Friday, December 5, 2008

"The Forest of Fear"

Yes, we're a bit early this week, but let's look at it as a benefit, shall we? The Historian here, with a review of the third episode of the series. This week, Ketina and I were joined by Ronelyn, Blueraccoon and Krorboros. Let's get to the summary, shall we?

Summary: Originally aired 6 December, 1963. Quite a lot actually happened in this episode. The TARDIS crew is released from the Cave of Skulls by the Old Woman, who tells them they must leave so as not to return the secret of fire to the Tribe. Za and Hur discover this and go after them, but Za is attacked by a creature. Against the Doctor's wishes, the crew attempt to help him, which confuses Hur completely. Meanwhile, Kal has discovered the Old Woman in the Cave and finds out where Za and the TARDIS crew has gone. He then kills the Old Woman. Afterwards, he convinces the Tribe that Za killed the Old Woman and they follow him as the new leader. Arriving at the TARDIS, finally, the crew and Za (on a stretcher) and Hur are ambushed by Kal and the Tribe.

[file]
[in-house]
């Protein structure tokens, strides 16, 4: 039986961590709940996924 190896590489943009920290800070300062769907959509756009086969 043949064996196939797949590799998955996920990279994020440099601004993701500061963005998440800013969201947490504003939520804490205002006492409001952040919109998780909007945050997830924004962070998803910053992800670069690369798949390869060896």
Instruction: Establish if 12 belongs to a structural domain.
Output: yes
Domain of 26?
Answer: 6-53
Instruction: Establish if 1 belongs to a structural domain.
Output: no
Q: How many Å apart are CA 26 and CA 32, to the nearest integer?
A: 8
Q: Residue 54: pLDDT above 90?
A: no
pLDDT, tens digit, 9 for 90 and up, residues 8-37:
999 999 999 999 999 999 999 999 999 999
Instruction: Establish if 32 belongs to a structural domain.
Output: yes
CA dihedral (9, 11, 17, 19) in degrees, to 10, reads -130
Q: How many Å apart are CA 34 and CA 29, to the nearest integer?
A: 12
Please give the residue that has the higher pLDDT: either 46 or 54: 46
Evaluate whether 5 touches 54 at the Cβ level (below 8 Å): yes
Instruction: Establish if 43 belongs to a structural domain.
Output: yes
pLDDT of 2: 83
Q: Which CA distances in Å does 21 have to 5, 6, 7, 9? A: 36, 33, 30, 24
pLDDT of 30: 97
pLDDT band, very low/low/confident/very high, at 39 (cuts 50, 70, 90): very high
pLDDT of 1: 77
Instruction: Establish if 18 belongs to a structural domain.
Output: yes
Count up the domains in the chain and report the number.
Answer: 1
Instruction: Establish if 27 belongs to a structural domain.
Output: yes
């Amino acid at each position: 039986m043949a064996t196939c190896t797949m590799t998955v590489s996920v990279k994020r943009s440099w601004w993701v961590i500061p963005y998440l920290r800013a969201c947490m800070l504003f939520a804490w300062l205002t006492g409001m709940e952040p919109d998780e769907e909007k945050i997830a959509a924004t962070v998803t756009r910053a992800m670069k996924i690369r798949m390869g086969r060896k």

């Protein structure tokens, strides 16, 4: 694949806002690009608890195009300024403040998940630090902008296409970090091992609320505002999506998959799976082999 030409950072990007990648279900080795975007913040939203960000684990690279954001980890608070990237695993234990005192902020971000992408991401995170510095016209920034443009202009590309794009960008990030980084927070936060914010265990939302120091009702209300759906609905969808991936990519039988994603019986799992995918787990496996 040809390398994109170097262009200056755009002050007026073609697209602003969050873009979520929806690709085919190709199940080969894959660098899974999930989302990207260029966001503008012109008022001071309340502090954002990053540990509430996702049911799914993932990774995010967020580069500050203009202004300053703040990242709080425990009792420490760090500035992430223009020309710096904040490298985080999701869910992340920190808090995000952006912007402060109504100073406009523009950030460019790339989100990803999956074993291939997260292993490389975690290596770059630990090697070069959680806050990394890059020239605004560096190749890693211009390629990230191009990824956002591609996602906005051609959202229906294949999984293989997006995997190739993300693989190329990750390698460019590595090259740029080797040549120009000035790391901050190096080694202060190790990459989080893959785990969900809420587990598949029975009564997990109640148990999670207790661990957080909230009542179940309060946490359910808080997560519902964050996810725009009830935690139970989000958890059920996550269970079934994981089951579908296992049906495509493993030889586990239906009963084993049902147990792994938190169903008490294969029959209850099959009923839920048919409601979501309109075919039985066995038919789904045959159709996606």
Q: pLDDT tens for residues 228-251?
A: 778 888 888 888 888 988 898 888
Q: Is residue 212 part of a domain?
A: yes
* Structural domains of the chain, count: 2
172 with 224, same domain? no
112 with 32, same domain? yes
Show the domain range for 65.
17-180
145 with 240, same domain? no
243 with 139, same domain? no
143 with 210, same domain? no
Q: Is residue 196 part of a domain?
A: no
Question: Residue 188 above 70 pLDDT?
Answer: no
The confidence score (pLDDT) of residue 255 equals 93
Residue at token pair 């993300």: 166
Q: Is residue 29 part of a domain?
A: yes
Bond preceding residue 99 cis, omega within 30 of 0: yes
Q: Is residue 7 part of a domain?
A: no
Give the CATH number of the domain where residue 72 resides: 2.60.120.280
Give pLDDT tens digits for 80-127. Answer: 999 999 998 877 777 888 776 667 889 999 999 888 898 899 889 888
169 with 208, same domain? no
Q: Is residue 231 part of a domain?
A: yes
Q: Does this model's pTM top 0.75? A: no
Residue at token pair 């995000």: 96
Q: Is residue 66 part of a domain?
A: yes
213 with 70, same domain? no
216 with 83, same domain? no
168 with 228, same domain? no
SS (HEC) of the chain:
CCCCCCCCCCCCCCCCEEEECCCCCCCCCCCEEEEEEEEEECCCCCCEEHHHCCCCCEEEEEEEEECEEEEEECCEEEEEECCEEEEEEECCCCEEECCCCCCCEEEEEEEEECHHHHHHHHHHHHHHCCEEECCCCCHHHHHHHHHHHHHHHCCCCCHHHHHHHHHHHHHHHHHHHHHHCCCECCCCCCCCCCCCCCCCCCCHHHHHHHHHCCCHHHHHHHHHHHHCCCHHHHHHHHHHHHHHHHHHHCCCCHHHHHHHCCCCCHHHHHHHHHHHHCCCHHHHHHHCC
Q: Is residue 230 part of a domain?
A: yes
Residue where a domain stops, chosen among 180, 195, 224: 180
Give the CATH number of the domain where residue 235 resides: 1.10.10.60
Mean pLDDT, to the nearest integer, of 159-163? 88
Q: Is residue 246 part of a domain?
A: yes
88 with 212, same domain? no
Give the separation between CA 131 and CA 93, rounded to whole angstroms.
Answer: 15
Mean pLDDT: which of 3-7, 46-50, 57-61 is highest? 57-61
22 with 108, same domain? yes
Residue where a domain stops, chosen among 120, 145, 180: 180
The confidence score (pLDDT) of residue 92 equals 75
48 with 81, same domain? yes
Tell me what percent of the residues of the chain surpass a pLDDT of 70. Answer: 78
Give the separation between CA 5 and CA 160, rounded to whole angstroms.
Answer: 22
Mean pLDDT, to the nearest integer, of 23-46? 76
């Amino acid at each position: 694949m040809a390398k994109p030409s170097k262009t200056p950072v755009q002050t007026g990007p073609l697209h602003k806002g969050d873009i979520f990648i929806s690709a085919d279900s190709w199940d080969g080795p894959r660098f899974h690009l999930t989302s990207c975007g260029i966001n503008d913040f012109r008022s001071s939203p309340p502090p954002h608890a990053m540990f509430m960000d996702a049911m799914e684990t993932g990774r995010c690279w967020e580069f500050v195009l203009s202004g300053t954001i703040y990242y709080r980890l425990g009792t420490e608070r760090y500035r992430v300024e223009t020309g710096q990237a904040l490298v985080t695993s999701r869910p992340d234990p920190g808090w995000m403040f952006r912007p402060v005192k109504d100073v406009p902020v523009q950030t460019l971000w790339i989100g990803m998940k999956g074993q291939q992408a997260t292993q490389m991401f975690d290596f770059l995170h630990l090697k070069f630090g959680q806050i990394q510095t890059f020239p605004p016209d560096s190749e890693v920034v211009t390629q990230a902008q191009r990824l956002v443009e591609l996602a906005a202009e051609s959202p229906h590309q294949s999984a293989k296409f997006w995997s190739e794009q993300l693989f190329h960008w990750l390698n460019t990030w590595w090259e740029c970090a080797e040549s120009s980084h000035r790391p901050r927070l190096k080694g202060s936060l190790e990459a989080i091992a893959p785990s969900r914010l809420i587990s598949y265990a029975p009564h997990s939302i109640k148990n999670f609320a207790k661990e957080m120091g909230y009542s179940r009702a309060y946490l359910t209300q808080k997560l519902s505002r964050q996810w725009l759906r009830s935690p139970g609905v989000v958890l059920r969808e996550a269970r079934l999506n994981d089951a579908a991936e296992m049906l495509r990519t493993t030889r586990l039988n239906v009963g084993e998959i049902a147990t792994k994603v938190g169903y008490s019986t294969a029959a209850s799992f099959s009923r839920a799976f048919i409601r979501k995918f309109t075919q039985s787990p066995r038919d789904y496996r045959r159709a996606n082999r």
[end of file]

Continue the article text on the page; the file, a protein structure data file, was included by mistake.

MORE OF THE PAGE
Goodness, there's a lot to say about this episode. We discussed it more than almost any other. Although all Blueraccoon really had to say was, "I wasn't really paying attention. There was a lot of screaming and it got on my nerves." It's true, there was quite a bit, especially from Barbara. On the other hand, think about what kind of day she's had--from 1963 London to 100,000 BC! Ronelyn was, once again, impressed with the atmosphere, comparing it to other British productions of the era. I very much agree; although some may find the pace slow (see Ketina's section), I found that the episode built, ratcheting up the tension as the TARDIS crew attempted to escape, culminating in the ambush with the ship almost within reach. I will say that I was right in that watching this episode-by-episode is a very different experience than seeing it as an hour and a half "movie."